The importance of delaying gratification is often overlooked when we talk about entrepreneurship.
We now live in a world where reward mechanisms have been embedded into regular and repeated tasks that deliver a predictable outcome.
We get grades in school for our learning efforts and we are constantly checked for the expected progress along the way. We get a monthly paycheck for the work we perform and often times we are allocated a monthly quota of achievements and tasks to perform.
The way society acknowledges success is by measuring our ability to fit into this action/reward mechanism that evolved along with humanity.
And all this is happening because of our illusion of safety that comes from regular, predictive behavior.
But this linear causality is something we only really find in man made processes, such as schools or jobs.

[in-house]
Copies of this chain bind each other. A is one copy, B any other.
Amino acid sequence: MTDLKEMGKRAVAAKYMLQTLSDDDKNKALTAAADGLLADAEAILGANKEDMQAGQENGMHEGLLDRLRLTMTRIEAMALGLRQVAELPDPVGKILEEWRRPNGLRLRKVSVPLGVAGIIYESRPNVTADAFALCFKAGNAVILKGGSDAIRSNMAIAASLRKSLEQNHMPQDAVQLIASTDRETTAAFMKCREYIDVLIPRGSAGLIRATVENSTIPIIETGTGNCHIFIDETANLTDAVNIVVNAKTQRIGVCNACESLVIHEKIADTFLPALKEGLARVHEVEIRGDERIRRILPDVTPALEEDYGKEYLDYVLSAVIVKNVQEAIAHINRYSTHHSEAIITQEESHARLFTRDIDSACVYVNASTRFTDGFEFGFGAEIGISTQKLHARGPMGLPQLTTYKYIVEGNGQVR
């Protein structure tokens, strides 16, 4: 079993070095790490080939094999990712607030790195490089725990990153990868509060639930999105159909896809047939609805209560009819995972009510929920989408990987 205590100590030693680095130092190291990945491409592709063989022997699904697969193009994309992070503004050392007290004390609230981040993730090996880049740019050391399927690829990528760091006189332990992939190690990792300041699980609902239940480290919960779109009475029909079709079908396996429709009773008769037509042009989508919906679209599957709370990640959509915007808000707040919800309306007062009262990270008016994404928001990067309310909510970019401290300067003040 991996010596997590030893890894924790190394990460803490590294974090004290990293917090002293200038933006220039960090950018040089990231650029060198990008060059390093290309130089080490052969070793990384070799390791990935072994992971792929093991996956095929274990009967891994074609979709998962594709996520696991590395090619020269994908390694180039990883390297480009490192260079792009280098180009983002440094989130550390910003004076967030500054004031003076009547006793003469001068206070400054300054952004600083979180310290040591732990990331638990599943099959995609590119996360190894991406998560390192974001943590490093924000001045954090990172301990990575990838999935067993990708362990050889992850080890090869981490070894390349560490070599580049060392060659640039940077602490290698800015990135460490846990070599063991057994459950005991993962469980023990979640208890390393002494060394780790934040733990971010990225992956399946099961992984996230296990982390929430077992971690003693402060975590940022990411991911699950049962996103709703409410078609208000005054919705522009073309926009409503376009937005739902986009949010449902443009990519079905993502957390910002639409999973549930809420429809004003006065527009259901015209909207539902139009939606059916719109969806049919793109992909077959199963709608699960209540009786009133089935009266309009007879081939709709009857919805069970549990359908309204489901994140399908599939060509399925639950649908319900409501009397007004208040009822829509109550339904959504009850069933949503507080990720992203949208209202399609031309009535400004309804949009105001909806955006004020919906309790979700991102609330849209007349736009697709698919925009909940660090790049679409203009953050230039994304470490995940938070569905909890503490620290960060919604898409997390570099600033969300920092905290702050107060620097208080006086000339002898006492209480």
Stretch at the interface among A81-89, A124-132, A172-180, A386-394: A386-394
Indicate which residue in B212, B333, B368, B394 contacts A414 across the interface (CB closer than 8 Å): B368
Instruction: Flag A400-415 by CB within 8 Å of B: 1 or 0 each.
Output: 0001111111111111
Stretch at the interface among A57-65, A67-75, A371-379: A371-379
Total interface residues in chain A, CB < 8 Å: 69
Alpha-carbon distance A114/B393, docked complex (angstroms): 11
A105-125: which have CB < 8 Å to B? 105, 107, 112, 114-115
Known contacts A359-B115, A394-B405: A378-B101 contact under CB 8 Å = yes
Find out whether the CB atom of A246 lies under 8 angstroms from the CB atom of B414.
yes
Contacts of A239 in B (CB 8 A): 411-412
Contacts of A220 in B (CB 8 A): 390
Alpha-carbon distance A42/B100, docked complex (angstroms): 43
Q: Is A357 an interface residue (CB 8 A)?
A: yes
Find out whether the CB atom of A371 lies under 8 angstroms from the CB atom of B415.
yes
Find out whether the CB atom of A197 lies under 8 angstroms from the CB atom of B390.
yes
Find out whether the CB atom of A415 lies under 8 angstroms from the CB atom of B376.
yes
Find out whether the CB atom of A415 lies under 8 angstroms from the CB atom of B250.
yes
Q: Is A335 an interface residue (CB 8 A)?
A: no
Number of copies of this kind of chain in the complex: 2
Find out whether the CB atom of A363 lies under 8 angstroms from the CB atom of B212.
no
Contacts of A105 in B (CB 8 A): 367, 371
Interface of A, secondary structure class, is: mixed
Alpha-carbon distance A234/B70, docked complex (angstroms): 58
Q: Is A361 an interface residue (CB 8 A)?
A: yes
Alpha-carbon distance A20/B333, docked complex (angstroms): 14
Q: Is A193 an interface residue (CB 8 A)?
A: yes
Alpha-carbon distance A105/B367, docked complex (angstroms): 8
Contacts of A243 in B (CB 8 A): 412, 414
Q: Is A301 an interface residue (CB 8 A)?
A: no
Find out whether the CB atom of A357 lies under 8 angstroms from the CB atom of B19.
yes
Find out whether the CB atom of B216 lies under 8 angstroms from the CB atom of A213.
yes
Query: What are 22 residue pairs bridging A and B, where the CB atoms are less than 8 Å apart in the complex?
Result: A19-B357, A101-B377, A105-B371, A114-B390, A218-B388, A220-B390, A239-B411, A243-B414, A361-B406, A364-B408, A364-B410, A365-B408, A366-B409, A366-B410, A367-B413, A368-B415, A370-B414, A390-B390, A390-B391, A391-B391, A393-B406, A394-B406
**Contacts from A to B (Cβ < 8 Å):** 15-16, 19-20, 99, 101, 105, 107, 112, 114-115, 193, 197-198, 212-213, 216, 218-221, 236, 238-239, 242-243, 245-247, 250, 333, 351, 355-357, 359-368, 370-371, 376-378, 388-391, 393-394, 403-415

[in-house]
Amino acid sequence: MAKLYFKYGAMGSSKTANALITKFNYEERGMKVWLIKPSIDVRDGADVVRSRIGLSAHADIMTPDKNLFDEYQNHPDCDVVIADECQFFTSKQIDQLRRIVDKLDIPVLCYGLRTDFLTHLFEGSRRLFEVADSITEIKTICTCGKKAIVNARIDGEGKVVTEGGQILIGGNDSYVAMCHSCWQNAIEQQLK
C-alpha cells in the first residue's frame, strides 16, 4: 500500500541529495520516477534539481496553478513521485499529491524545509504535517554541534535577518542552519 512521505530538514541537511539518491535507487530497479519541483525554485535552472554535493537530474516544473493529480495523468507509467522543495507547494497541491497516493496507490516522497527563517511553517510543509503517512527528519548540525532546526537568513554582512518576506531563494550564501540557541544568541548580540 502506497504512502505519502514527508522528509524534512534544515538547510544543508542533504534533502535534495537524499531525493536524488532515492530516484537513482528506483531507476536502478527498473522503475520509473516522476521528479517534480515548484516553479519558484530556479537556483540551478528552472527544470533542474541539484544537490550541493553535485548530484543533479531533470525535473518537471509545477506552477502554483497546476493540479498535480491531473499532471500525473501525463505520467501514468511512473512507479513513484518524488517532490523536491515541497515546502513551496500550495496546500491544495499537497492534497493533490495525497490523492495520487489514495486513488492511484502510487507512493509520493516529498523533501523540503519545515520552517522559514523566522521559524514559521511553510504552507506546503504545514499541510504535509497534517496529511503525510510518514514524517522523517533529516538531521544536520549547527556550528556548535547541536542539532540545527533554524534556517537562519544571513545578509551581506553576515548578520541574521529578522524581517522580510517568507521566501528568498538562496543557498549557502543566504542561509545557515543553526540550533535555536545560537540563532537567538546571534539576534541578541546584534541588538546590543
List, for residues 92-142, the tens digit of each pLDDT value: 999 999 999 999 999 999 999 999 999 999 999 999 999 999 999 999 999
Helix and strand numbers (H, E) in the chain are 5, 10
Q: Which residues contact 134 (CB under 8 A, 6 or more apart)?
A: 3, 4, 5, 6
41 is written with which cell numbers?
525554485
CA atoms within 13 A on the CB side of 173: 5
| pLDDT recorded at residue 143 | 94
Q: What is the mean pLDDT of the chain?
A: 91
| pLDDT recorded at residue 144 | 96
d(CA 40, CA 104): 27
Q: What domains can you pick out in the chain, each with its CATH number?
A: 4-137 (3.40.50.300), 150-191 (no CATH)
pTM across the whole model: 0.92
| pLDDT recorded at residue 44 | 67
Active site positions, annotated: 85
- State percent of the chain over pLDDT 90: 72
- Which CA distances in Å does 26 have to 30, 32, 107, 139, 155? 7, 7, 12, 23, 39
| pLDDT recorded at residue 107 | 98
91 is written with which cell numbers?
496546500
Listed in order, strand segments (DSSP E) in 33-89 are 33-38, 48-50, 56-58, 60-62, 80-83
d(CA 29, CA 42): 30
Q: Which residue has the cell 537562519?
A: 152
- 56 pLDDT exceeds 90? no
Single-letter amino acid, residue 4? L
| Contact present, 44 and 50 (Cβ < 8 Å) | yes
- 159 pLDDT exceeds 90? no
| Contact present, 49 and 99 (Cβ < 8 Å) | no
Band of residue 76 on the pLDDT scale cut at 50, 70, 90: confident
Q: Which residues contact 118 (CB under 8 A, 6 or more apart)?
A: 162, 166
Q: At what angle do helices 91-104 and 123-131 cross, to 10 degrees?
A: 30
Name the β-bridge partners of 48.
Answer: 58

However, the biggest achievements of humanity in general and innovation in entrepreneurship in particular, come from a different way of approaching life that relies on the non-linear reality of the world around us.
Artists, entrepreneurs and often times, researchers, spend a lot of time working without getting that immediate reward for their effort.
They are unable to give a socially accepted answer to the question: how was your day at the office?
That’s why it’s so hard to be motivated to work on such long term goals if you are not comfortable with delaying gratification.
But knowing that this is the best way to create amazing results, I sometimes wonder why so few people embark on this journey. Or why the majority of the people engaged in typical action/reward activities perceive this pursuit as failure.
I’ll end this with a quote that I really enjoy:
“It’s tough to deal with the social consequences of the appearance of continuous failure. We are social animals; hell is other people.”
Nassim Nicholas Taleb. “The Black Swan.”